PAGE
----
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Prof. Anthony B. Watts

Professor of Marine Geology and Geophysics

Sedimentary basins


Sedimentary basins are regions of the Earth's crust dominated by subsidence. The subsidence provides the depocentre for sediments such as sandstones, mudrocks, and limestones to accumulate, in some cases to a thickness >10 km. Each continent has sedimentary basins, including Antarctica. The deepest basins (>15 km) are found in the southern Caspian Sea and in the western Gulf of Mexico. Sedimentary rocks are important because they are the "tape recorder" of past climate, sea-level and environmental change. They are also the world's largest repositories of oil and gas.

Global sediment thickness based on the 1o x 1o compilation of Laske and Masters (1997).

We may divide sedimentary basins into three main types, depending on their plate tectonic setting. Rift-type basins form at extensional plate boundaries, for example, at continental margins. Foreland-type basins form at compressional plate boundaries in front of migrating fold and thrust belts. The third type of basin forms in strike-slip fault settings.

It is now generally recognised that the main basin forming mechanism issediment loading. The displacement of water by terrigenous clastic rocks (e.g. sandstones, mudrocks, conglomerates + breccias), for example, represent a load on the surface of the crust which will bend or flex downwards under their weight. Biochemical organic deposits (e.g. limestones and dolomites) will have a similar effect, as will chemical precipitates (e.g. evaporites) and volcaniclastic (e.g. tuffs) deposits. The thickness of sediment that can accumulate due to loading depends on density, but it is approximately 2.5 times the water depth that is available. Therefore, if a 6 km deep water basin (e.g. the present-day Phillipine Sea basin) is rapidly infilled by sediment then the total thickness of sediment that could accumulate would be 2.5 x 6.0 = 15 km. Such a model implies a single shallowing upward sequence such that the early sediments would be deposited in deep-water while the later sediments would be deposited in shallow-water.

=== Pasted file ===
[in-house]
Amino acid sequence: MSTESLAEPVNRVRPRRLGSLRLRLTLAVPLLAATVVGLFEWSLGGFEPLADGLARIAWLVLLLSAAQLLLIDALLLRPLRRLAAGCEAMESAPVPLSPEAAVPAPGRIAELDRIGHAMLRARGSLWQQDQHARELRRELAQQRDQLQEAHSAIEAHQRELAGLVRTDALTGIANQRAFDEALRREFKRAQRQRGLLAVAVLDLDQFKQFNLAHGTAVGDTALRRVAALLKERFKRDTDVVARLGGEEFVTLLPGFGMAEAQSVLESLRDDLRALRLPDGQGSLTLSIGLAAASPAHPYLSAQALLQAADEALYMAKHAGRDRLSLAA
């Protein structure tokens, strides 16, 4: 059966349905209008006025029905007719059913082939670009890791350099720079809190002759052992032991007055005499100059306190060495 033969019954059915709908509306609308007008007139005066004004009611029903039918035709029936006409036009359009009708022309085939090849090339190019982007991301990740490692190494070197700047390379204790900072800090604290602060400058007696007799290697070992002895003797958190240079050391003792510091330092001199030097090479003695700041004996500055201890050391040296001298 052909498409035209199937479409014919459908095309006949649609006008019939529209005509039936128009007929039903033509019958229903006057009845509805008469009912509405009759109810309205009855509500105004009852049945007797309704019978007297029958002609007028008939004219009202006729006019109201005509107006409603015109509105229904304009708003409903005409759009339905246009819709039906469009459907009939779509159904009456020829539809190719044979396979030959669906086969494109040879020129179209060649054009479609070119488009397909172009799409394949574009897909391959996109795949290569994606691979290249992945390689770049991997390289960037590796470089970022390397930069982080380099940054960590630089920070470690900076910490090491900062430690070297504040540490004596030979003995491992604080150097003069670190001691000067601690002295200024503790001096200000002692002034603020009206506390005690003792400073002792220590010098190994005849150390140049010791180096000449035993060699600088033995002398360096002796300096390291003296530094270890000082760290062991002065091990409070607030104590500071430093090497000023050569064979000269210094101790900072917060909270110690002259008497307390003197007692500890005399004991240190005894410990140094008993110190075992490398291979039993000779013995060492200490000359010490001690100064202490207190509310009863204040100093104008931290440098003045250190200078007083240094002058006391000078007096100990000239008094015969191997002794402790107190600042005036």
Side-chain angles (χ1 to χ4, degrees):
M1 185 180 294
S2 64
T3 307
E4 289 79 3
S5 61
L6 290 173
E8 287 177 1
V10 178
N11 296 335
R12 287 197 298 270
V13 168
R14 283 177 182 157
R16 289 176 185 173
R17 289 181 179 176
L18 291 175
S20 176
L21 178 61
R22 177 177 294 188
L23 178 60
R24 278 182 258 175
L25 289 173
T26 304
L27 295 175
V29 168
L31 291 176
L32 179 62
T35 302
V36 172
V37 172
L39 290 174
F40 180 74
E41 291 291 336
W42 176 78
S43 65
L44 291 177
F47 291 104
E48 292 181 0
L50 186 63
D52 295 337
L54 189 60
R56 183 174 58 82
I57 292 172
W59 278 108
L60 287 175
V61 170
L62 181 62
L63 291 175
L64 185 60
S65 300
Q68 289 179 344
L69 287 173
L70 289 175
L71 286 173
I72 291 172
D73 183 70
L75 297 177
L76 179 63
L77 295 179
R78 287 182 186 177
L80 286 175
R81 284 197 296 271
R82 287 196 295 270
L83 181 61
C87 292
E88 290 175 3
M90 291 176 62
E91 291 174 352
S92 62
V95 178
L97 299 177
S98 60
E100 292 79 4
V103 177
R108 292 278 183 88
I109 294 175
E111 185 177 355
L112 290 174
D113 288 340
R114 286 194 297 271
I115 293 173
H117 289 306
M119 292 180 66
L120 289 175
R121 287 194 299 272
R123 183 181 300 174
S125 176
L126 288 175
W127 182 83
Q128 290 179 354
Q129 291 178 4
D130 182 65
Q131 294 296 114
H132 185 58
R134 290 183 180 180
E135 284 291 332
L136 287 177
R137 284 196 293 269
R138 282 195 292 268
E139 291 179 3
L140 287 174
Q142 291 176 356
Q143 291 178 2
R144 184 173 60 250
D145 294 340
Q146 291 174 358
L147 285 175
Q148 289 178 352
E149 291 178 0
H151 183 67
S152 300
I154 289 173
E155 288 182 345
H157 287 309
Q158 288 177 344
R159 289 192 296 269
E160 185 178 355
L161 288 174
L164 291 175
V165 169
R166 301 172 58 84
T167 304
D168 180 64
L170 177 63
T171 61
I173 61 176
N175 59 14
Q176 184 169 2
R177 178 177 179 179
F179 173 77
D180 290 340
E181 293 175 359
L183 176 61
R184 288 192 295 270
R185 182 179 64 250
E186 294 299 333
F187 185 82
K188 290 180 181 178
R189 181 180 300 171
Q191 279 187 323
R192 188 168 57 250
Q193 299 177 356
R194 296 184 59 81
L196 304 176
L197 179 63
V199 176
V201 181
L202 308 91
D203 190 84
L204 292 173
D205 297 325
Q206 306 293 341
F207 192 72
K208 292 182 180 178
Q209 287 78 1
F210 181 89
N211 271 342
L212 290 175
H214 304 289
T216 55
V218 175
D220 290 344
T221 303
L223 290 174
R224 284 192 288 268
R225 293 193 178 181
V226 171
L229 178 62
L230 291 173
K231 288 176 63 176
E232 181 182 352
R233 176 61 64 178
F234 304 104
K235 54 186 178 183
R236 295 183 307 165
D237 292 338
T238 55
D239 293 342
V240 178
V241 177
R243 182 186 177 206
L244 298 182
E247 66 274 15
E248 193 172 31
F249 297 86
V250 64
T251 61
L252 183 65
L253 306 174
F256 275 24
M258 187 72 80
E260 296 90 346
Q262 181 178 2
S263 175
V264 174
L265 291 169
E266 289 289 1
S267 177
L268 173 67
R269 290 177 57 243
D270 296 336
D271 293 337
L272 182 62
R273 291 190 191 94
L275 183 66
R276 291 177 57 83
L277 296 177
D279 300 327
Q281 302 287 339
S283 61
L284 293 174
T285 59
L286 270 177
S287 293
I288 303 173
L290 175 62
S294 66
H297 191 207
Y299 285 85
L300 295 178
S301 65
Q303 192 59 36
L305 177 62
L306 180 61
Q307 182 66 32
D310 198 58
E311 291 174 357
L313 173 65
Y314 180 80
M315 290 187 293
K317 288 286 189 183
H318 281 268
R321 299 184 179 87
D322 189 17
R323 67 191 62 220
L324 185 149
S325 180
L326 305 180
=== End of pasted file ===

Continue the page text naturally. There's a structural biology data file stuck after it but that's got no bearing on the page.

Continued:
Tectonic subsidence obtained from backstripping biostratigraphic data at the COST B-2 well, offshore New Jersey, USA. Based on Steckler and Watts (1978).

The sediments in deep basins accumulate, however, in a range of depositional settings, including alternating shallow-water and deep-water environments. This observation suggests that factors other than sediment loading are responsible for basin formation. A useful technique to isolate these other factors isbackstripping. Backstripping uses biostratigraphic, porosity Vs. depth, and paleoenvironment data in deep wells to correct the stratigraphic record for the effects of sediment and water loading and obtain the depth that "basement" would be in the absence of these loads. We refer to this depth as the tectonic subsidence and uplift.

The different types of sedimentary basins have varying tectonic subsidence and uplift curves. Rift-type basins tend to have concave-up curve with the subsidence fast early on after rifting and then slow later on. Foreland basins, in contrast, have concave-down curve with the subsidence slowest early on and then fastest later on. Strike-slip basins generally subside rapidly and their backstrip curves show features of both rift-type and foreland-type basins. By comparing the backstrip curves to geophysical models we have learnt a great deal about the various factors responsible for basin formation.

McKenzie (1978), for example, attributed the tectonic subsidence and uplift ofrift-type basins to heating and thinning of the crust and mantle at the time rifting. The crustal thinning causes a rapid initial subsidence while the thinning of the mantle causes a slower thermal subsidence. The McKenzie model of rifting and its variants that take into account finite duration rifting, lateral heat flow(Cochran, 1981) and depth-dependant extension (Wernicke, 1985) explain the backstrip curves of many rift-type basins. The main discrepencies are in basins associated with magmatic underplating (e.g. Hatton-Rockall) where the subsidence is less than expected and in basins characterised by orogenic loading (e.g. West Taiwan), rotation on tilted fault blocks (e.g. Valencia Trough), or salt collapse (e.g. northern Gulf of Mexico margin) where the subsidence is more.

Comparison of the backstripped tectonic subsidence at the Alboran A-1 well offshore Andalucia (Spain) to calculations based on a stretching model with finite duration rifting. The best fit between observed and calculated is for stretching by a factor of 1.2, rift initiation at 24 Ma, and a 6 Myr duration of rifting. Rifting occurred during the Burdigalian and coincides with thrusting in the Betic external zone and growth on extensional normal faults in the Motril basin. Based on Watts et al. (1993).

In contrast to rift-type basins, foreland-type basins are characterised by a slow subsidence early on and a rapid subsidence later on. This has been attributed by Price (1973), among others, to the approach at a locality of a thrust and fold load. When a thrust and fold load is in the far-field there is little subsidence, but as the load moves towards the locality, flexure causes first a slight uplift as it 'rides the flexural bulge' followed by an increasingly large subsidence. The load and flexure is reflected in the Bouguer gravity anomaly. Mountain belts which are associated with a gravity low (e.g. Andes, Himalaya) are dominated by surface (i.e. topographic loads) while mountains with a high-low gravity "couple" (e.g. Appalachian, Oman) are associated with surface as well as sub-surface loads. Examples of sub-surface loads include obducted ophiolite bodies, intra-crustal thrusting, and dense downgoing slabs.